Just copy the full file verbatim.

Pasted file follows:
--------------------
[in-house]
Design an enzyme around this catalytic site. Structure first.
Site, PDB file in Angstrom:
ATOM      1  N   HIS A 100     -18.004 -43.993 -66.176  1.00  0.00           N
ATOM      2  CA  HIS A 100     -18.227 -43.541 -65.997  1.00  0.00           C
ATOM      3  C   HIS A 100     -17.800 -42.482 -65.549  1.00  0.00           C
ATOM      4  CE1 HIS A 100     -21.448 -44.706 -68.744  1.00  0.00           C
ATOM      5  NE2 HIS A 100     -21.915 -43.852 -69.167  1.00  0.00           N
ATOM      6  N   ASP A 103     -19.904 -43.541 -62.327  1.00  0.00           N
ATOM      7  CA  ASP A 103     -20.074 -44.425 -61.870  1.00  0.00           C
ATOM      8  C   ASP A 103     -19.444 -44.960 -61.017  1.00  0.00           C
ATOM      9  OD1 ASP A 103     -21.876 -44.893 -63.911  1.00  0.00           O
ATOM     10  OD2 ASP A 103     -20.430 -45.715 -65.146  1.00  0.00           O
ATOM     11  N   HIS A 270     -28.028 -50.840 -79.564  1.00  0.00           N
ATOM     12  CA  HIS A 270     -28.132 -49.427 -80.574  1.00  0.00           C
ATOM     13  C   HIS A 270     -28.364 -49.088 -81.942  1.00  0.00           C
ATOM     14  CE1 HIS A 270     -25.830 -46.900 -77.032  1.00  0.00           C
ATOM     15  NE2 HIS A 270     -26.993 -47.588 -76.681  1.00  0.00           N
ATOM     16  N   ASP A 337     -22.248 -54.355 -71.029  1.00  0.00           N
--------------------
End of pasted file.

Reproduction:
[in-house]
Design an enzyme around this catalytic site. Structure first.
Site, PDB file in Angstrom:
ATOM      1  N   HIS A 100     -18.004 -43.993 -66.176  1.00  0.00           N
ATOM      2  CA  HIS A 100     -18.227 -43.541 -65.997  1.00  0.00           C
ATOM      3  C   HIS A 100     -17.800 -42.482 -65.549  1.00  0.00           C
ATOM      4  CE1 HIS A 100     -21.448 -44.706 -68.744  1.00  0.00           C
ATOM      5  NE2 HIS A 100     -21.915 -43.852 -69.167  1.00  0.00           N
ATOM      6  N   ASP A 103     -19.904 -43.541 -62.327  1.00  0.00           N
ATOM      7  CA  ASP A 103     -20.074 -44.425 -61.870  1.00  0.00           C
ATOM      8  C   ASP A 103     -19.444 -44.960 -61.017  1.00  0.00           C
ATOM      9  OD1 ASP A 103     -21.876 -44.893 -63.911  1.00  0.00           O
ATOM     10  OD2 ASP A 103     -20.430 -45.715 -65.146  1.00  0.00           O
ATOM     11  N   HIS A 270     -28.028 -50.840 -79.564  1.00  0.00           N
ATOM     12  CA  HIS A 270     -28.132 -49.427 -80.574  1.00  0.00           C
ATOM     13  C   HIS A 270     -28.364 -49.088 -81.942  1.00  0.00           C
ATOM     14  CE1 HIS A 270     -25.830 -46.900 -77.032  1.00  0.00           C
ATOM     15  NE2 HIS A 270     -26.993 -47.588 -76.681  1.00  0.00           N
ATOM     16  N   ASP A 337     -22.248 -54.355 -71.029  1.00  0.00           N